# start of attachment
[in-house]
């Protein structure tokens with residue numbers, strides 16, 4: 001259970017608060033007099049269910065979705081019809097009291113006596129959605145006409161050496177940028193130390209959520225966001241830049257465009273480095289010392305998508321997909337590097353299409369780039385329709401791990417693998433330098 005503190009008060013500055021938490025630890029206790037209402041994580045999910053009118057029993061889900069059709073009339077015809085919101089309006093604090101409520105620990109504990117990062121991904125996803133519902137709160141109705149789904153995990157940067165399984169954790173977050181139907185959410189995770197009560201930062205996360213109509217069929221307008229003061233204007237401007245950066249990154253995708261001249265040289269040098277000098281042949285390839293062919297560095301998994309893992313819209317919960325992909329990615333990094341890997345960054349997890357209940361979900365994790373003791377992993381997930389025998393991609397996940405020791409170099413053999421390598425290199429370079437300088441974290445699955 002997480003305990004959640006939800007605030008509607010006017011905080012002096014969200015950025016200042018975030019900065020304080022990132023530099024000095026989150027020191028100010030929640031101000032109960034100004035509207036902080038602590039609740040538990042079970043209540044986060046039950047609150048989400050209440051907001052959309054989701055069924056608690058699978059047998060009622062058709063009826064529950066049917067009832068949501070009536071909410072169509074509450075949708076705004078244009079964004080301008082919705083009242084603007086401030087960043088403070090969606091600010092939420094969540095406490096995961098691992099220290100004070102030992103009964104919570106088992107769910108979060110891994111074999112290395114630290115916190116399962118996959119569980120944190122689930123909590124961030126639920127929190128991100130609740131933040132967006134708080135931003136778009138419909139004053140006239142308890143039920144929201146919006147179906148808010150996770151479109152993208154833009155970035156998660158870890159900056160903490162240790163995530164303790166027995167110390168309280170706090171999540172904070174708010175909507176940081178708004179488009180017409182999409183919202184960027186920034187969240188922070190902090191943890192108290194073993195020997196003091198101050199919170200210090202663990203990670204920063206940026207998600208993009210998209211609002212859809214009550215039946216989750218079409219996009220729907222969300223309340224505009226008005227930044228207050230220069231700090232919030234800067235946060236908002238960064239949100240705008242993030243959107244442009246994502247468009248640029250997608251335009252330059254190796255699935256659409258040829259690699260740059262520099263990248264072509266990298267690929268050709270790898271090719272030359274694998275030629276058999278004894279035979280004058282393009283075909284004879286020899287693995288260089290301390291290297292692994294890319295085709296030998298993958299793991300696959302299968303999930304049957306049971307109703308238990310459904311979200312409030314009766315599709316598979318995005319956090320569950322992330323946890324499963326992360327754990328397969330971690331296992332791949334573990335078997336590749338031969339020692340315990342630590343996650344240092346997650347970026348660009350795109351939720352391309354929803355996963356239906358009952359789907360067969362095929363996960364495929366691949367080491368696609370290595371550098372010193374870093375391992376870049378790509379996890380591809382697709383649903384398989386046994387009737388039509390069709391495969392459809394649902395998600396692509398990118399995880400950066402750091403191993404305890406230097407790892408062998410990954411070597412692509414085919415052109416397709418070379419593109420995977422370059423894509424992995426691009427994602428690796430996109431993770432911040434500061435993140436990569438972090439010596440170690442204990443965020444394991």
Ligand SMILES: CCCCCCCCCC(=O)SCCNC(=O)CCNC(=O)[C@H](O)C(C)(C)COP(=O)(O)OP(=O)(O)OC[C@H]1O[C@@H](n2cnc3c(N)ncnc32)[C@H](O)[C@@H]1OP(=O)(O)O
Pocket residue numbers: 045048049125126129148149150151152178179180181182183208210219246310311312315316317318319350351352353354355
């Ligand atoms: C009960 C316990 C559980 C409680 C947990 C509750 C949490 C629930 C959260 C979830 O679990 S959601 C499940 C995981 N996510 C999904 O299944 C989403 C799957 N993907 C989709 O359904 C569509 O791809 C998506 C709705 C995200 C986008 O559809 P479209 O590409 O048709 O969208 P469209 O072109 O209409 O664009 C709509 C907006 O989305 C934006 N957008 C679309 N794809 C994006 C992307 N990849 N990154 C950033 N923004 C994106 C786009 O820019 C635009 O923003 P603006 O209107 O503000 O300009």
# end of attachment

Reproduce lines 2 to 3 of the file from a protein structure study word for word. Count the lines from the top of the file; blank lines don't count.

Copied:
């Protein structure tokens with residue numbers, strides 16, 4: 001259970017608060033007099049269910065979705081019809097009291113006596129959605145006409161050496177940028193130390209959520225966001241830049257465009273480095289010392305998508321997909337590097353299409369780039385329709401791990417693998433330098 005503190009008060013500055021938490025630890029206790037209402041994580045999910053009118057029993061889900069059709073009339077015809085919101089309006093604090101409520105620990109504990117990062121991904125996803133519902137709160141109705149789904153995990157940067165399984169954790173977050181139907185959410189995770197009560201930062205996360213109509217069929221307008229003061233204007237401007245950066249990154253995708261001249265040289269040098277000098281042949285390839293062919297560095301998994309893992313819209317919960325992909329990615333990094341890997345960054349997890357209940361979900365994790373003791377992993381997930389025998393991609397996940405020791409170099413053999421390598425290199429370079437300088441974290445699955 002997480003305990004959640006939800007605030008509607010006017011905080012002096014969200015950025016200042018975030019900065020304080022990132023530099024000095026989150027020191028100010030929640031101000032109960034100004035509207036902080038602590039609740040538990042079970043209540044986060046039950047609150048989400050209440051907001052959309054989701055069924056608690058699978059047998060009622062058709063009826064529950066049917067009832068949501070009536071909410072169509074509450075949708076705004078244009079964004080301008082919705083009242084603007086401030087960043088403070090969606091600010092939420094969540095406490096995961098691992099220290100004070102030992103009964104919570106088992107769910108979060110891994111074999112290395114630290115916190116399962118996959119569980120944190122689930123909590124961030126639920127929190128991100130609740131933040132967006134708080135931003136778009138419909139004053140006239142308890143039920144929201146919006147179906148808010150996770151479109152993208154833009155970035156998660158870890159900056160903490162240790163995530164303790166027995167110390168309280170706090171999540172904070174708010175909507176940081178708004179488009180017409182999409183919202184960027186920034187969240188922070190902090191943890192108290194073993195020997196003091198101050199919170200210090202663990203990670204920063206940026207998600208993009210998209211609002212859809214009550215039946216989750218079409219996009220729907222969300223309340224505009226008005227930044228207050230220069231700090232919030234800067235946060236908002238960064239949100240705008242993030243959107244442009246994502247468009248640029250997608251335009252330059254190796255699935256659409258040829259690699260740059262520099263990248264072509266990298267690929268050709270790898271090719272030359274694998275030629276058999278004894279035979280004058282393009283075909284004879286020899287693995288260089290301390291290297292692994294890319295085709296030998298993958299793991300696959302299968303999930304049957306049971307109703308238990310459904311979200312409030314009766315599709316598979318995005319956090320569950322992330323946890324499963326992360327754990328397969330971690331296992332791949334573990335078997336590749338031969339020692340315990342630590343996650344240092346997650347970026348660009350795109351939720352391309354929803355996963356239906358009952359789907360067969362095929363996960364495929366691949367080491368696609370290595371550098372010193374870093375391992376870049378790509379996890380591809382697709383649903384398989386046994387009737388039509390069709391495969392459809394649902395998600396692509398990118399995880400950066402750091403191993404305890406230097407790892408062998410990954411070597412692509414085919415052109416397709418070379419593109420995977422370059423894509424992995426691009427994602428690796430996109431993770432911040434500061435993140436990569438972090439010596440170690442204990443965020444394991």
Ligand SMILES: CCCCCCCCCC(=O)SCCNC(=O)CCNC(=O)[C@H](O)C(C)(C)COP(=O)(O)OP(=O)(O)OC[C@H]1O[C@@H](n2cnc3c(N)ncnc32)[C@H](O)[C@@H]1OP(=O)(O)O